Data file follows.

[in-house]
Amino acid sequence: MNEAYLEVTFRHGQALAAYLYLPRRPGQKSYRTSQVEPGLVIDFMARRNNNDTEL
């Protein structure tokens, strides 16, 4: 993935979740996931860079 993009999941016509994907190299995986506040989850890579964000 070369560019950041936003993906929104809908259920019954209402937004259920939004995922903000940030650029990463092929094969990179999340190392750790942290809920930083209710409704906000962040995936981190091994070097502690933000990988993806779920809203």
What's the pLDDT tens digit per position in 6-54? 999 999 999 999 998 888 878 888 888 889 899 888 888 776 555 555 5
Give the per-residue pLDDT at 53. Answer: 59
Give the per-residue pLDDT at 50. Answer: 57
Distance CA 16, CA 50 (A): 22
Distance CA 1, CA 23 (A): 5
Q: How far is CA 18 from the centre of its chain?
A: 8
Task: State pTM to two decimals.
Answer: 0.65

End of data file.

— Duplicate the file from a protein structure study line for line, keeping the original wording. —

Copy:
[in-house]
Amino acid sequence: MNEAYLEVTFRHGQALAAYLYLPRRPGQKSYRTSQVEPGLVIDFMARRNNNDTEL
């Protein structure tokens, strides 16, 4: 993935979740996931860079 993009999941016509994907190299995986506040989850890579964000 070369560019950041936003993906929104809908259920019954209402937004259920939004995922903000940030650029990463092929094969990179999340190392750790942290809920930083209710409704906000962040995936981190091994070097502690933000990988993806779920809203």
What's the pLDDT tens digit per position in 6-54? 999 999 999 999 998 888 878 888 888 889 899 888 888 776 555 555 5
Give the per-residue pLDDT at 53. Answer: 59
Give the per-residue pLDDT at 50. Answer: 57
Distance CA 16, CA 50 (A): 22
Distance CA 1, CA 23 (A): 5
Q: How far is CA 18 from the centre of its chain?
A: 8
Task: State pTM to two decimals.
Answer: 0.65